LONDON MARKET OPEN: Stocks Higher Amid Trade Optimism; UK GDP Ahead – Morningstar

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LONDON (Alliance News) – Stocks in London opened higher on Monday, tracking gains in Asian markets, amid optimism over upcoming trade talks between the US and China.

The FTSE 100 index was up 45.36 points, or 0.6%, at 7,116.54 in early trade. The FTSE 250 was 67.22 points higher, or 0.4%, at 18,720.10. The AIM All-Share was up 0.3% at 907.68.

The Cboe UK 100 was up 0.4% at 12,060.96, while the Cboe UK 250 was flat at 16,884.87. The Cboe UK Small Companies also was up 0.2%, at 11,148.85.

In China, the Shanghai Composite closed up 1.4%. Financial markets in China reopened after being closed for the Lunar New Year holiday last week. The Hang Seng index in Hong Kong ended up 0.6%.

Financial markets in Japan are closed for the National Foundation Day holiday.

In mainland Europe, the CAC 40 in Paris and the DAX 30 in Frankfurt were up 0.6% and 0.5% respectively.

On the London Stock Exchange, TUI was the best blue-chip performer at the open, up 2.7% as the Anglo-German travel operator clawed back some of the heavy losses incurred last week after it warned on stagnating earnings. The stock ended the week 21% lower.

Miners were higher amid a surge in iron ore prices, with BHP up 1.5%, Glencore up 1.4%, and Rio Tinto up 1.3%. In addition, Russian steelmaker Evraz was up 2.0%.

“With China returning from the Chinese New Year, domestic markets are playing catch up with recent developments, and this is clearly evident when looking at Dalian iron ore futures, which have surged 8% so far in trading today. This follows news last week that Vale has had to suspend 30 million tonnes per annum of capacity at its Brucutu mine in order to comply with a court order, and as a result Vale declared force majeure on some contracts,” said analysts at ING.

Lloyds Banking was up 0.9% after Morgan Stanley raised the lender to Overweight from Equal Weight.

Smith & Nephew was the worst performer in the FTSE 100 index, down 3.3% after the Financial Times reported Friday that the medical devices maker is discussions to acquire US surgical instruments maker NuVasive, in a deal the newspaper said could be worth more than USD3 billion.

San Diego, California-based NuVasive makes equipment for spinal surgery, as well as bone implants. The FT cited “people with direct knowledge of the talks”. It said the exact terms of the discussions could not be learned and talks may still fall apart.

Royal Bank of Scotland was down 0.5% after Morgan Stanley downgraded the state-backed lender to Equal Weight from Overweight.

In the FTSE 250 index, TalkTalk Telecom was the worst performer, down 3.0% after HSBC cut the home phone and broadband provider to Reduce from Hold.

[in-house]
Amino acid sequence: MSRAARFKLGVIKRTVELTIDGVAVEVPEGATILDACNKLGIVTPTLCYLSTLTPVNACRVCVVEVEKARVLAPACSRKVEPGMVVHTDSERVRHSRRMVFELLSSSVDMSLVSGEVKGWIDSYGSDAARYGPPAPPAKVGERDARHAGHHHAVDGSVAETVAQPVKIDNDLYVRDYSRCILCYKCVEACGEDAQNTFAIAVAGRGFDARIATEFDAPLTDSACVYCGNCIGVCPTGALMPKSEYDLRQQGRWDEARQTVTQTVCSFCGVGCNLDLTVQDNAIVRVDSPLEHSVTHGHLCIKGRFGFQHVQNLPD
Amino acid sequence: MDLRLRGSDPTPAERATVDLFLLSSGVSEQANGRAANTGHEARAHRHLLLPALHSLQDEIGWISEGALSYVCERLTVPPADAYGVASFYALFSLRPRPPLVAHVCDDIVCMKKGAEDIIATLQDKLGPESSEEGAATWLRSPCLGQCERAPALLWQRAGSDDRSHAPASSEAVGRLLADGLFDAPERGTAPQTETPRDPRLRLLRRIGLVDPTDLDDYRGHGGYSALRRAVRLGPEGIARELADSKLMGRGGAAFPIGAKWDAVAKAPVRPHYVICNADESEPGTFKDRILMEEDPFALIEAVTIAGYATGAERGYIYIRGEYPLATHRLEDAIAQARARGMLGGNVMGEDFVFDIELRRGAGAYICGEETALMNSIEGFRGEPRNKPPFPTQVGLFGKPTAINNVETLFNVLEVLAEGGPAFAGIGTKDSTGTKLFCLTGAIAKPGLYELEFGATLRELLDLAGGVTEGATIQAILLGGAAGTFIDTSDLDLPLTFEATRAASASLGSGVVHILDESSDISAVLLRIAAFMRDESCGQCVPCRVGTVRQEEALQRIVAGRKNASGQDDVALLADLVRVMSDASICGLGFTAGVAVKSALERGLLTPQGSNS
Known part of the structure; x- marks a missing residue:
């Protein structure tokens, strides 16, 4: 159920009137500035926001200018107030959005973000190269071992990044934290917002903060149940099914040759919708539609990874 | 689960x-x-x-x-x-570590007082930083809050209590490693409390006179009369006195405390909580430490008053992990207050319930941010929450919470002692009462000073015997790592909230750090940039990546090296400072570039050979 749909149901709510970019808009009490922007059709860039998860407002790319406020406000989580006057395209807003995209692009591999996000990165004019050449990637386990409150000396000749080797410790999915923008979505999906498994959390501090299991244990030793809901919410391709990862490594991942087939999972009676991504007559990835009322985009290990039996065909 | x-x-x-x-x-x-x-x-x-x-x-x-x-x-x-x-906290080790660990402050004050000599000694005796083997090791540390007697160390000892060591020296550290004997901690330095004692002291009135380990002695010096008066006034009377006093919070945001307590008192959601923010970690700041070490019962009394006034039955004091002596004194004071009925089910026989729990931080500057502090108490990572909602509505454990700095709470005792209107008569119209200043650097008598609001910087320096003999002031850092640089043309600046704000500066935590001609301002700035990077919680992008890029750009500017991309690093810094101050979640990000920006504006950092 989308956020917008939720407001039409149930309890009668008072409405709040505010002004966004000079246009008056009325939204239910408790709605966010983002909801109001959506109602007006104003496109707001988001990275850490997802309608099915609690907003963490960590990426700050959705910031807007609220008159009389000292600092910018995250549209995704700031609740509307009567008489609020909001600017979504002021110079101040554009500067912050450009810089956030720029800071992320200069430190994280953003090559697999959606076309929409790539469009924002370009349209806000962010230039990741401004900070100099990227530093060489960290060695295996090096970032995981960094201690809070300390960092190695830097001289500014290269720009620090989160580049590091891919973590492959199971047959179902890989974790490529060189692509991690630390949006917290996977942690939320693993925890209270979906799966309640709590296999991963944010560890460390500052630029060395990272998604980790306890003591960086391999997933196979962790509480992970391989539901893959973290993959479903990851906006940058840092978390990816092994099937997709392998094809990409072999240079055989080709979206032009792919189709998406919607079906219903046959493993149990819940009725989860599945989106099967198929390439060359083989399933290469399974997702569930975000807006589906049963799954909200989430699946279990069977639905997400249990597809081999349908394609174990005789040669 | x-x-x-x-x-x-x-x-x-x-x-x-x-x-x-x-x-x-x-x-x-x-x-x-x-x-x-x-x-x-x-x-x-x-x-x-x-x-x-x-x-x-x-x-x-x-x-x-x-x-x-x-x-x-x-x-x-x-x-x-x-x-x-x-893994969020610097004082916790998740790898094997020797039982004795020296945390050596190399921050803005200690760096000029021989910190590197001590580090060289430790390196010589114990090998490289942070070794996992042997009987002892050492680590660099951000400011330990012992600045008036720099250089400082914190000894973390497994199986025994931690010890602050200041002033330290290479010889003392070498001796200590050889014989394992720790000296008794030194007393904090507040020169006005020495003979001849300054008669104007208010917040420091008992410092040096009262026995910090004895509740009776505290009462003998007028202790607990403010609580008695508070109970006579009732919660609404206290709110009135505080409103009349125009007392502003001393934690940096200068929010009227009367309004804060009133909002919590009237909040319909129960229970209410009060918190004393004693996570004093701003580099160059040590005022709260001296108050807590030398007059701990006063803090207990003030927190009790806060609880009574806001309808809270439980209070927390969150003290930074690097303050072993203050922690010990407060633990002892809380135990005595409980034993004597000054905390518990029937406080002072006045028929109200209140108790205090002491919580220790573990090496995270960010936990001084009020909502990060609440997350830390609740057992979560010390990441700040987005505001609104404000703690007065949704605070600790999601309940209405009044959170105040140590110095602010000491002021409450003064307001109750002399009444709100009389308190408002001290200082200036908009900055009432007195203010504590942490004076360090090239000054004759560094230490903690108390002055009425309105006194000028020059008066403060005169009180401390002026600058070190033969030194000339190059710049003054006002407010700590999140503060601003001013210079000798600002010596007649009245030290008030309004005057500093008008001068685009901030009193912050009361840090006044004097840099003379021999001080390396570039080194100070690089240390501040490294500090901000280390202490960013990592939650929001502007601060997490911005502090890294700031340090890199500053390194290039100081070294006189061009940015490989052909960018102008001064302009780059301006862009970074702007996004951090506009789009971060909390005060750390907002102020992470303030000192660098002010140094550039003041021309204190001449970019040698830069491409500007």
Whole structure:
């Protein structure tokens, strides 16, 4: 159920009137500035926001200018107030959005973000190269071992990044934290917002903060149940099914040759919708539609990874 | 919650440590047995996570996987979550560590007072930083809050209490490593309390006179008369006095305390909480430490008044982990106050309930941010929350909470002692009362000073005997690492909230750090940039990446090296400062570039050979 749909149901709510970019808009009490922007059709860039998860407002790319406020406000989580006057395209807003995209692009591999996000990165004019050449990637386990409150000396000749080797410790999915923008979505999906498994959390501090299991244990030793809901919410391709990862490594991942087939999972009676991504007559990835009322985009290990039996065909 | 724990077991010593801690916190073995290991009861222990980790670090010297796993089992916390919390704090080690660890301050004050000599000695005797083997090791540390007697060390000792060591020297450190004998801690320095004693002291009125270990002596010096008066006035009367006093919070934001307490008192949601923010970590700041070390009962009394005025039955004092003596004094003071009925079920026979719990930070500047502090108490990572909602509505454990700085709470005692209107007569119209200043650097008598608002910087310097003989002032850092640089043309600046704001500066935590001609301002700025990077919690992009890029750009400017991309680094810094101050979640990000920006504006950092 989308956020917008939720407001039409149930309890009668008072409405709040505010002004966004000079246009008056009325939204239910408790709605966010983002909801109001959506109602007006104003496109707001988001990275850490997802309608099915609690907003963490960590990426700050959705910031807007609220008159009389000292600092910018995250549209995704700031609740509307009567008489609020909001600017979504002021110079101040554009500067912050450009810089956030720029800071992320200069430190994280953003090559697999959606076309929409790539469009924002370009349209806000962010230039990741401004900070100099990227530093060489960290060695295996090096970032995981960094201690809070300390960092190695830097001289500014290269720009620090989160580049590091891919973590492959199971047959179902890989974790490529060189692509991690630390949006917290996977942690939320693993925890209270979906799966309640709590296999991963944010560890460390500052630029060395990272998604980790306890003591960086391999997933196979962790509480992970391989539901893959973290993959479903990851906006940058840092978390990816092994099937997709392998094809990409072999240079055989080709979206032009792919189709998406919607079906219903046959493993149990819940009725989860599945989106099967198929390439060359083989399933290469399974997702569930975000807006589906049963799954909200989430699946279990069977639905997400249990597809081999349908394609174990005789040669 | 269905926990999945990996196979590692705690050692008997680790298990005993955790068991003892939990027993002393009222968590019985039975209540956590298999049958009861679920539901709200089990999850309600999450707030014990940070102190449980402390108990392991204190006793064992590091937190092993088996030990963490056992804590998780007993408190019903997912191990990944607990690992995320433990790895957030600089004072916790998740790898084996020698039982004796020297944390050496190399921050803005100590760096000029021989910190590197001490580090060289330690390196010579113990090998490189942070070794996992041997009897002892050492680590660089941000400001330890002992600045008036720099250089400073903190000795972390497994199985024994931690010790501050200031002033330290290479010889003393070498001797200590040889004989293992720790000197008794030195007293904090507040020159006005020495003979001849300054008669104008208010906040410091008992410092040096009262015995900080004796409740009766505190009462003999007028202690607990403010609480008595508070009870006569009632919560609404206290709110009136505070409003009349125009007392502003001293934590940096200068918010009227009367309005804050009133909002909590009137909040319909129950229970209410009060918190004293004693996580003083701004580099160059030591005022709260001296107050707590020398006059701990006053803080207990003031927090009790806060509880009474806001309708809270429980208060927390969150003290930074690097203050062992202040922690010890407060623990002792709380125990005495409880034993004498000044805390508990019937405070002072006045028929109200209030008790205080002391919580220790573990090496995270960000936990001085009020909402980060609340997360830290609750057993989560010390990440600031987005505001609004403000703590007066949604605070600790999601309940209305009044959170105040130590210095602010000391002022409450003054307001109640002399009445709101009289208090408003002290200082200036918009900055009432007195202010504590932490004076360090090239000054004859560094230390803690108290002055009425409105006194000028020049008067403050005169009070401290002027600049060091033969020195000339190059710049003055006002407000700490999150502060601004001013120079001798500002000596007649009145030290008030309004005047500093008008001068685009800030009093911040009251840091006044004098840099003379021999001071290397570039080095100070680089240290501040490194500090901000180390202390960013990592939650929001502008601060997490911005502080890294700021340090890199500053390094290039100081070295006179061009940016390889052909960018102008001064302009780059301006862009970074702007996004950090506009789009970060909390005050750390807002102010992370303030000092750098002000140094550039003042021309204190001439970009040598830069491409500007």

Acacia Mining was down 1.0% after the gold miner reported a drop in annual revenue, skipped paying a dividend again, and forecast flat production for 2019.

For 2018, revenue was down 13% to USD663.8 million from USD751.5 million last year. Annual earnings before interest, taxes, depreciation and amortisation fell 14% to USD225.9 million from USD257.1 million the year before.

Acacia reported 2018 gold sales of 520,380 ounces, down from 592,861 ounces in 2017. This was due to reduced operations at the flagship Bulyanhulu mine and to stockpile processing at the Buzwagi mine, both in Tanzania, where Acacia is in a long-running dispute with the government. For 2019, Acacia expects production of between 500,000 and 550,000 ounces of gold.

The economic calendar events calendar has UK GDP and industrial and manufacturing figures at 0930 GMT.

The pound was lower against the dollar, quoted at USD1.2912 from USD1.2937 at the London equities close Friday.

“The breakdown of growth will also be watched for likely Brexit impacts and the Bank of England in particular cited concerns that business investment may be slipping. Any near-term negative impact form that on economic growth may be offset by a rise in stockbuilding, and the strength of import growth in December international trade will be another indication whether stockpiling is underway,” noted analysts at Lloyds.

Meanwhile, UK Prime Minister Theresa May has offered further talks with the opposition Labour party in an attempt to secure cross-party support for a Brexit deal.

May questioned Labour leader Jeremy Corbyn’s key call for the UK to remain in a customs union with Brussels but offered concessions in other areas and said she wanted talks between Labour and Tory teams “as soon as possible”.

Her offer came as Brexit Secretary Stephen Barclay prepared for talks with EU chief negotiator Michel Barnier as the government stepped up efforts to secure changes to the Irish backstop measure in the Withdrawal Agreement.

In her letter to Corbyn, responding to the conditions for a Brexit deal set out by the Labour leader, the prime minister said she wanted the Tory and Labour teams to consider “alternative arrangements” to the Irish backstop.

In the US on Friday, Wall Street ended mixed, with the Dow Jones Industrial Average down 0.3%, S&P 500 and Nasdaq Composite both ending 0.1% higher.

Investors will look ahead to the next round of US-China trade talks to be held in Beijing later this week.

“Trade negotiations between the US and China are going to take the centre stage and the tone of these negotiations is changing every day. Given that the deadline is just around the corner before the US slaps more tariffs on China, it is highly likely that both sides choose to extend the current deadline. As long as the US does not slam more tariffs on China and the negotiations process continues, I believe the overall situation would remain a lot more optimistic,” said ThinkMarkets analyst Naeem Aslam.

By Arvind Bhunjun;

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